I never thought that I would one day sleep at the airport, it sounds like a dreadful thing to do. I mean, a layover that is more than 2 hours is bad enough. Now imagine having to sleep at the airport, where do you even start? Do just pull out your inflatable bed or sleeping bag? I’ve heard a lot of horrific tales of people who slept at the airport and I thought they were just deranged.
I had to make a crucial decision based on two options.
Option 1 was to book an earlier flight, one that will land in Amman the capital of Jordan at night and then book a hotel for the night. But the challenge would be that there is only one bus that leaves Amman daily going to Petra. And the worst part is it leaves at 6 am. This would mean that I need to wake up at 3;30 am to bath and pack my luggage, then take a taxi for an hour to the bus station. If you’ve been reading my previous posts, I’m pretty sure that by now you know that I’m an early bird so this option was not gonna work for me.
Option 2 was to book an evening flight, one that would arrive in Jordan in the morning and then just hang around the airport until 05;00 am. Then I would just take a taxi to the bus terminal. This sounds pretty simple but the challenge is the flight lands at 01:00 so that means I’ll have to hang around the airport for four hours. At that time, no restaurants are open, so I’ll just have to sit on those cold steel chairs at the arrival section.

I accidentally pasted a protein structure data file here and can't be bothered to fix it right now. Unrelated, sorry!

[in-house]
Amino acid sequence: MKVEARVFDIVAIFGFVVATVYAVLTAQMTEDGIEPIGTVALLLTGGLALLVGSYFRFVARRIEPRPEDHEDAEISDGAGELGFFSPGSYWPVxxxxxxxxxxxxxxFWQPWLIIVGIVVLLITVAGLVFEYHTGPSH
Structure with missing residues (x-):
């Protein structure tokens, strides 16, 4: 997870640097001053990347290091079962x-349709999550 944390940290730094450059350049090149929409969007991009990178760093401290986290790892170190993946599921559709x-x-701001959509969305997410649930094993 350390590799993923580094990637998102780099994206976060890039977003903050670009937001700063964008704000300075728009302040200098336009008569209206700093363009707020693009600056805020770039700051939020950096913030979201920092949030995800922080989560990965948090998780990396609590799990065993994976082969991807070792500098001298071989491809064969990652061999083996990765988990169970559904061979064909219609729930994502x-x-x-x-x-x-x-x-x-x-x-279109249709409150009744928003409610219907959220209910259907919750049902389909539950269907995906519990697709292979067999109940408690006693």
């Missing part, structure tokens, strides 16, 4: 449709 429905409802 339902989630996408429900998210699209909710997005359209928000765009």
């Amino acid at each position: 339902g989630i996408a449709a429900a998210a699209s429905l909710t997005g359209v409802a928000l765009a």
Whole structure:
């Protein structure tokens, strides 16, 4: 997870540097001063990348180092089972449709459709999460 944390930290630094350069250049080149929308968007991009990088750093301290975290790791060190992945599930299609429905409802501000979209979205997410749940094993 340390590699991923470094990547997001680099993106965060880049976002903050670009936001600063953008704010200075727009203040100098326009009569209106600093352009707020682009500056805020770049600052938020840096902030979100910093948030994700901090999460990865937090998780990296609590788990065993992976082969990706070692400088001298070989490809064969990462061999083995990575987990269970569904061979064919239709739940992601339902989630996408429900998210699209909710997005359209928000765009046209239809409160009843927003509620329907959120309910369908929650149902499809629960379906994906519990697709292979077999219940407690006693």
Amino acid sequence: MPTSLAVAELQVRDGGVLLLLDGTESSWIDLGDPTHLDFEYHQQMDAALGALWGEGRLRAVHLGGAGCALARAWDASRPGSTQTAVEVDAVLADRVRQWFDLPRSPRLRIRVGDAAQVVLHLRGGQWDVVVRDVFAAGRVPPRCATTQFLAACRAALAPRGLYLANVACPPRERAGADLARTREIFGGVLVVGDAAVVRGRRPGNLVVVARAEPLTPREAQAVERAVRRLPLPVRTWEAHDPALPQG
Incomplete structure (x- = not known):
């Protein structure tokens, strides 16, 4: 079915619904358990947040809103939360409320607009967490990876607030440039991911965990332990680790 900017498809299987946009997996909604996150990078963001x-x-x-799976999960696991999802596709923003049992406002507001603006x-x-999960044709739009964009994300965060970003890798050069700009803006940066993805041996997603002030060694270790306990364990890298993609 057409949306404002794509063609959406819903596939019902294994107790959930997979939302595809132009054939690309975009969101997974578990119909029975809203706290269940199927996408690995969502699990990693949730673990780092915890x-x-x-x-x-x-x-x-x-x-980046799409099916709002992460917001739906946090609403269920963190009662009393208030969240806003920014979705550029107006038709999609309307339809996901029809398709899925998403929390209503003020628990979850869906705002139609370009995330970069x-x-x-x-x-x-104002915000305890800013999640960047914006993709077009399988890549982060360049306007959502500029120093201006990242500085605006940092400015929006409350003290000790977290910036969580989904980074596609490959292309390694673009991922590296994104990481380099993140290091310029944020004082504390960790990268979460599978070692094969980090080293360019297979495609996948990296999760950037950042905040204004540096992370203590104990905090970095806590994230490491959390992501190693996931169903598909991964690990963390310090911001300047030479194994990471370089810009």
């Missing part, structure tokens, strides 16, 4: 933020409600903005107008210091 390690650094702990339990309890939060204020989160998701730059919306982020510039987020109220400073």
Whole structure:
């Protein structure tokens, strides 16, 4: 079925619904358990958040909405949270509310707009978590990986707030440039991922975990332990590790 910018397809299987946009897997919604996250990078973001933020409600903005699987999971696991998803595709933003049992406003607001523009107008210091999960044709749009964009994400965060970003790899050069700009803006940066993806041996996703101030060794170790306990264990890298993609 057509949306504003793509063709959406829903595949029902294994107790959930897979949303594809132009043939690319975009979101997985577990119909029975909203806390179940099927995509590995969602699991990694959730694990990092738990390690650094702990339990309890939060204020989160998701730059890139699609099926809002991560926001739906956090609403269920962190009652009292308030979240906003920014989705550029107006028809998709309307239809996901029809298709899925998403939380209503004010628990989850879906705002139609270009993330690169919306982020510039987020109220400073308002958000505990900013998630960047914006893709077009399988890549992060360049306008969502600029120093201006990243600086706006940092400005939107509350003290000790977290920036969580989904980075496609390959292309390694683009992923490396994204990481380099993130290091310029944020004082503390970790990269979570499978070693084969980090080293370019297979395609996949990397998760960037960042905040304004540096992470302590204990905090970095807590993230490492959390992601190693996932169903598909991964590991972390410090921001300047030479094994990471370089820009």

It’s 01:00 and I just landed at Amman in Jordan. After passing through customs, I scan the airport thoroughly for a good spot because I’ve opted for option 2. And to my surprise, most benches are occupied by travelers who are sleeping with their faces covered with their jackets. So I just join in, pull out a blanket I got in flight, set my alarm and then dossed off. Not the most comfortable sleep, but well it was way better than waking up in the morning.